On August 15, 2012

One of the most common problems families have when a loved one dies is a lack of foresight. We talk often in this blog about the importance of estate planning to avoid family arguments and second guesses about a recently deceased or incapacitated person’s last wishes. But even families who have an estate plan, power of attorney and executor ready to see these wishes carried out can run into problems.

Two children of a Bloomer, Colorado, woman have been accused of stealing from her estate. The brother and sister, both in their early 60s, have been charged with theft by bailee in a business setting as parties to the crime. The troubling part is that the woman’s son had power of attorney and control of his mother’s estate accounts.

After becoming ill the woman moved into a nursing home in February 2010. Long before she died in January 2011, her 61-year-old son was given power of attorney, meaning he had control of her finances. Two debit cards were issued on the woman’s accounts, which show withdrawals as far back as 2008.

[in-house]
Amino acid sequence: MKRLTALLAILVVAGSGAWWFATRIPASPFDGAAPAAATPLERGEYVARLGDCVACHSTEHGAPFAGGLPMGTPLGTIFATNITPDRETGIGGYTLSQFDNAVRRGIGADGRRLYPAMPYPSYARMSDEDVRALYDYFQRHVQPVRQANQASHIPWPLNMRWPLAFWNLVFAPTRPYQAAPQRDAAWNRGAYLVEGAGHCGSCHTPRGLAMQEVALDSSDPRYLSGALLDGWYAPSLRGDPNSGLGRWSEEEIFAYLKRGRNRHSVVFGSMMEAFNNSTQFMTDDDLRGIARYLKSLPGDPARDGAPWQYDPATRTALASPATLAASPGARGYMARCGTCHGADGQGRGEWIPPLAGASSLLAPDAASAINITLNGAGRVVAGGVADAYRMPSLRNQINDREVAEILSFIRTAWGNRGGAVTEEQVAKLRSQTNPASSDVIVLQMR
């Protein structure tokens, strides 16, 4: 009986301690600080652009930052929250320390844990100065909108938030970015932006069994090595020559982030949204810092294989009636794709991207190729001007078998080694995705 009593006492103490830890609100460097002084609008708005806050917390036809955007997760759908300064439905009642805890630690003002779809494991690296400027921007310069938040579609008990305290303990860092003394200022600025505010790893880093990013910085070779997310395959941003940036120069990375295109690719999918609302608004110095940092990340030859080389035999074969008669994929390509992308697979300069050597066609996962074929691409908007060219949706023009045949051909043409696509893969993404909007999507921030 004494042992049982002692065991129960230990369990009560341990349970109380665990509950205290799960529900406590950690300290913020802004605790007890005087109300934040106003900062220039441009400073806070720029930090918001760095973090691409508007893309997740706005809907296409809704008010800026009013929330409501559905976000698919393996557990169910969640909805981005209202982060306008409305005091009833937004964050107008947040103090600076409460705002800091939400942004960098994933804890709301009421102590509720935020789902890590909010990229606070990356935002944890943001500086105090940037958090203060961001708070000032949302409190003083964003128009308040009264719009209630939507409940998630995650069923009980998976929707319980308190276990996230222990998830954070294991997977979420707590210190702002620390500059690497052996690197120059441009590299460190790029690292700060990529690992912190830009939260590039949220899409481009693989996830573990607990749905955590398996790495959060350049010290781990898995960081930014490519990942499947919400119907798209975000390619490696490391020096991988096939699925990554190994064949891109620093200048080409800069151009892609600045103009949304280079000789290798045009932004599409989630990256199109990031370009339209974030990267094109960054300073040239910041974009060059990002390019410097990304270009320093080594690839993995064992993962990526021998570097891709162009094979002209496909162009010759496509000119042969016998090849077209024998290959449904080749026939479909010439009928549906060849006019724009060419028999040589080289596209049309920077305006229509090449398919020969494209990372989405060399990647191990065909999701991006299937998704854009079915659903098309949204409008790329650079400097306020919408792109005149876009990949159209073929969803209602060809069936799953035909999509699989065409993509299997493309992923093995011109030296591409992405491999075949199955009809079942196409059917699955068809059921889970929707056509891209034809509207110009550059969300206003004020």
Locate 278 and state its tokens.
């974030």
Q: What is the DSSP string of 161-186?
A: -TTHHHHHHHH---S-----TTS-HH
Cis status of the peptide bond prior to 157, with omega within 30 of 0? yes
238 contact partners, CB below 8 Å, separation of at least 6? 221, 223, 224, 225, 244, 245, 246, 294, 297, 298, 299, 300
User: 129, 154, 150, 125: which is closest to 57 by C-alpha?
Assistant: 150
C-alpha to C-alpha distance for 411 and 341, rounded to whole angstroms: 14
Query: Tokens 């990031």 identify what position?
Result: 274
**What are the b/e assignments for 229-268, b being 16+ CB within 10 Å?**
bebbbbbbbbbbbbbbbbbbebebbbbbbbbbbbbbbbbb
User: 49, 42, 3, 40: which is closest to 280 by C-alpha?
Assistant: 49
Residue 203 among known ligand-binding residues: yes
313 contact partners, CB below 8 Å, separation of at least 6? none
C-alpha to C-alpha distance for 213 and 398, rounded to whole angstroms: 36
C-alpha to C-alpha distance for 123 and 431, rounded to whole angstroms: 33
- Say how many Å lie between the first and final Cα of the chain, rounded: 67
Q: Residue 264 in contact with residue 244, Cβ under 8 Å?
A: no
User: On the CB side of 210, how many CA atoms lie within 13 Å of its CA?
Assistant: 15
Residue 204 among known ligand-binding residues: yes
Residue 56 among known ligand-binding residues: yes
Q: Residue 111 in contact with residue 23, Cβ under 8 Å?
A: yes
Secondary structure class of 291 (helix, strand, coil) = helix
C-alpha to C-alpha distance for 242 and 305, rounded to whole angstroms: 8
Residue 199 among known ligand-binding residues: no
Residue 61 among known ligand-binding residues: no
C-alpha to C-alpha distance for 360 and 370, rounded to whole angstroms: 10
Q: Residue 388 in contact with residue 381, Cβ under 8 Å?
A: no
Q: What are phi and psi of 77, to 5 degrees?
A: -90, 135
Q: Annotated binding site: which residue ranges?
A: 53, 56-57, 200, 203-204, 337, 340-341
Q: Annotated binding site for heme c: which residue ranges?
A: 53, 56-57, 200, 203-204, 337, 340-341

A younger son of the woman notified police in January of this year that a considerable amount of money was missing from the accounts. An investigation revealed that his older brother had withdrawn money several times in Colorado and Minnesota, where both of the siblings moved after the investigation began. Although the brother had power of attorney, he was not authorized to withdraw funds from the accounts for personal use. The woman’s daughter may have also made debit withdrawals from the accounts and received gifts paid from the accounts from her brother. Police have issued arrest warrants for both siblings, who are accused of stealing between $60,000 and $80,000.

It’s highly unfortunate that despite the woman’s efforts to make plans for her estate and choose a power of attorney, her son appears to be untrustworthy. In addition to the criminal case against him and his sister, the woman’s younger son may have to file a lawsuit to better protect his mother’s assets. An attorney who focuses on estate administration and probate litigation can make sure those assets are put in more trusting hands.

Source: The Chippewa Herald, “Siblings charged with theft from estate,” Aug. 2, 2012

  • Our firm deals with a wide variety of estate planning and administration issues. If you would like to learn more about our practice, please visit our Colorado estate administration page.

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